For two decades, factoring companies buying structured settlement periodic payments in exchange for heavily discounted lump sums have done their best to avoid the anti-assignment language in underlying settlement documents. Now, some of those same companies as well as others have turned their attention to pension proceeds, offering pensioners discounted advances in return for promises to effectively redirect their pension streams to investors. These transactions, however, can be raw deals for the pensioners, and they may threaten the tax-qualified status enjoyed by the pension plans themselves.
Under ERISA1 and the Internal Revenue Code,2 pension plans must provide that the benefits provided thereunder “may not be assigned or alienated.” Pension advances appear to be an attempt to avoid these provisions as well as state lending regulations and usury prohibitions.
Federal and State Regulators Take Aim
On Thursday, August 20, 2015, the Consumer Financial Protection Bureau (CFPB) and the New York Department of Financial Services (collectively, “Regulators”) filed a seven-count complaint against Pension Funding, LLC, Pension Income, LLC (collectively, “PF-PI”), and their managers and managing members Steven Covey, Edwin Lichtig, and Rex Hofelter (together with PF-PI, “Defendants”).3 The Regulators allege that PF-PI, operating as a common enterprise, offered consumers “pension advances” in exchange for agreed repayments that match their future expected pension payments. According to the complaint, the defendants targeted military, civil service, and corporate pensioners and engaged in unfair, deceptive, and abusive practices in violation of the Consumer Financial Protection Act, as well as usury violations, false advertising, intentional misrepresentation, and unlicensed money transmitting in violation of the New York Banking Law and the New York Financial Services Law.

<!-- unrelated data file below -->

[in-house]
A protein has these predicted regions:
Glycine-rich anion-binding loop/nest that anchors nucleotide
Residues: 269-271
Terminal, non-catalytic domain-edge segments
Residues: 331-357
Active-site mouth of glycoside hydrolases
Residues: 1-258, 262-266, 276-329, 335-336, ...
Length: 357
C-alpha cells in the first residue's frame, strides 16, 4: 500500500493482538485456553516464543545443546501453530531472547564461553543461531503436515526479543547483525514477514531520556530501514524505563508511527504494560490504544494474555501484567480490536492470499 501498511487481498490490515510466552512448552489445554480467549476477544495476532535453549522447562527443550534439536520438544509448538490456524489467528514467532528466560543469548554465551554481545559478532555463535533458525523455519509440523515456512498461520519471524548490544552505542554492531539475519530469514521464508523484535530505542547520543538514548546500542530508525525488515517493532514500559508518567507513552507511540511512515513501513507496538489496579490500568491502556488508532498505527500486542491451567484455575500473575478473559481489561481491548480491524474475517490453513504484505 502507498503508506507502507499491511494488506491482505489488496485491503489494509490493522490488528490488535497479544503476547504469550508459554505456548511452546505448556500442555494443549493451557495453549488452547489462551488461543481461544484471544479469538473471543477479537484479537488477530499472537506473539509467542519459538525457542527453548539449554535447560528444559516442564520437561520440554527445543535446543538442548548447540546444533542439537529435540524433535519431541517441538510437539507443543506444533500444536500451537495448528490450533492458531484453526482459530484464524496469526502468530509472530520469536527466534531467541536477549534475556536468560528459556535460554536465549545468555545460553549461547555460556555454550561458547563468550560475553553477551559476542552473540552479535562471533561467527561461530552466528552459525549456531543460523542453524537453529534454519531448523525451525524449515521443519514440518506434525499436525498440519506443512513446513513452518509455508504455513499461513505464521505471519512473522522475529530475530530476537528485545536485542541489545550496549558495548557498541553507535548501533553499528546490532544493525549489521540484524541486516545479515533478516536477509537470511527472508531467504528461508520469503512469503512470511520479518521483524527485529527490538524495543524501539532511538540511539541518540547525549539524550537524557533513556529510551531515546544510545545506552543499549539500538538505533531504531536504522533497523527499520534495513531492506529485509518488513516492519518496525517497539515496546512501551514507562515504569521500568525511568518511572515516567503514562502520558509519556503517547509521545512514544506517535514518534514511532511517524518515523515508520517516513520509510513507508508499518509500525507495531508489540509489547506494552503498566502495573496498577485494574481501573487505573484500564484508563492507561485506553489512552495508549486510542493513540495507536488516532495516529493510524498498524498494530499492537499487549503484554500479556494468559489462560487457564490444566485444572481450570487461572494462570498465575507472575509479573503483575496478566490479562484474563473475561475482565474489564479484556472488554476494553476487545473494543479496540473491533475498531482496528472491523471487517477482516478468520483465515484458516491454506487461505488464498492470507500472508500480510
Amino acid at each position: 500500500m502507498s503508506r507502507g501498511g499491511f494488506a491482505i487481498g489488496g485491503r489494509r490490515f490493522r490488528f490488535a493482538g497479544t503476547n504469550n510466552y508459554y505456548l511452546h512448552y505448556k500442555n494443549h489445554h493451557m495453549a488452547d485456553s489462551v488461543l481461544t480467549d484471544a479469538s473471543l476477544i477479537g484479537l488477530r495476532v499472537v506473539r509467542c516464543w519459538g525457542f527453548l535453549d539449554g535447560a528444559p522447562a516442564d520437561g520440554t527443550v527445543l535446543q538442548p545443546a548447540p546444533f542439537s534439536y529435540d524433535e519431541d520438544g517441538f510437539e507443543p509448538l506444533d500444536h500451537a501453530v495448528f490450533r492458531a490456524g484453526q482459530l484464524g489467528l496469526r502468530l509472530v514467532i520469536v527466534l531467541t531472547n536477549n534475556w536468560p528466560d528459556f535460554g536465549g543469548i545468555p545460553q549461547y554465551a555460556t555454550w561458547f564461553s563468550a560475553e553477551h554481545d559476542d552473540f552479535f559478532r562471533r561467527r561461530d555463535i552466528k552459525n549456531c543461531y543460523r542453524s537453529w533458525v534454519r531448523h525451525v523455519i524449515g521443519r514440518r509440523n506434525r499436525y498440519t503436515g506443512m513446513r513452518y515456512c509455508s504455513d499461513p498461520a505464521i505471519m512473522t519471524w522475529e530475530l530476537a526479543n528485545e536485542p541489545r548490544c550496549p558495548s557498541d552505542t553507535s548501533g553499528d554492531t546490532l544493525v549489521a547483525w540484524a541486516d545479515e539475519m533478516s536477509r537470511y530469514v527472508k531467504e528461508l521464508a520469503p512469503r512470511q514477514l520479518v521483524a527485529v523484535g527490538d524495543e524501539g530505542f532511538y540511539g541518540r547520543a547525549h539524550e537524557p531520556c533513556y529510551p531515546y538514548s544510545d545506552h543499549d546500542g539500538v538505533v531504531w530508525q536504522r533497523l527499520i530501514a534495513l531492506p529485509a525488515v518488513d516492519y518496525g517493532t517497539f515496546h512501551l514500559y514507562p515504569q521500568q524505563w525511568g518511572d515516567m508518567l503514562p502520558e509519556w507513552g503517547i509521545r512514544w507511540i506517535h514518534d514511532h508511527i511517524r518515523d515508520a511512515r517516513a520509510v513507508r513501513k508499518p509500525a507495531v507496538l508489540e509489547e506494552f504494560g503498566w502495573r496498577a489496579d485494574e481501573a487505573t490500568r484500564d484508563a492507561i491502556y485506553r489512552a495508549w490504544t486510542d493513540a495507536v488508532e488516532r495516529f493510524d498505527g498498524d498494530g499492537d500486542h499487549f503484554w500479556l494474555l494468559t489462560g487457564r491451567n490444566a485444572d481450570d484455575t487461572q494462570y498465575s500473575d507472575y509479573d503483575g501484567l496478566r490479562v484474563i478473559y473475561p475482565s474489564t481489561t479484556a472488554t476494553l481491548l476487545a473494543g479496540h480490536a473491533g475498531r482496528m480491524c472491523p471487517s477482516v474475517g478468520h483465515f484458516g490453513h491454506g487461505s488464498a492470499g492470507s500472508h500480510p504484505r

The Regulators further allege that (i) the defendants falsely represented that the pension advances were not “loans,” (ii) there was no applicable interest rate, or (iii) the effective interest rate was lower than alternative sources of cash. In fact, according to the complaint, the defendants’ “product was a loan, and the effective interest rate was greater than those typically available for other products to which [the] [d]efendants drew comparisons” — on average, the transactions orchestrated by the defendants had an effective interest rate of 28.56%.
According to the allegations of the complaint, in exchange for a lump-sum payment from PF-PI, pensioners were required to submit extensive underwriting information, including personal financial information and HIPAA authorizations to obtain medical records and life insurance information. The Regulators allege that, if pensioners failed to transfer any pension payment as agreed upon, the defendants quickly threatened legal action, including civil and criminal penalties. 4
The complaint is the first of its kind to be filed, but it is unlikely to be the last. The CFPB issued a warning in March 2015 to look out for pension advance schemes. Also, the New York Department of Financial Services has been investigating companies offering pension advances since at least May 2013, when it subpoenaed 10 companies, including PF-PI.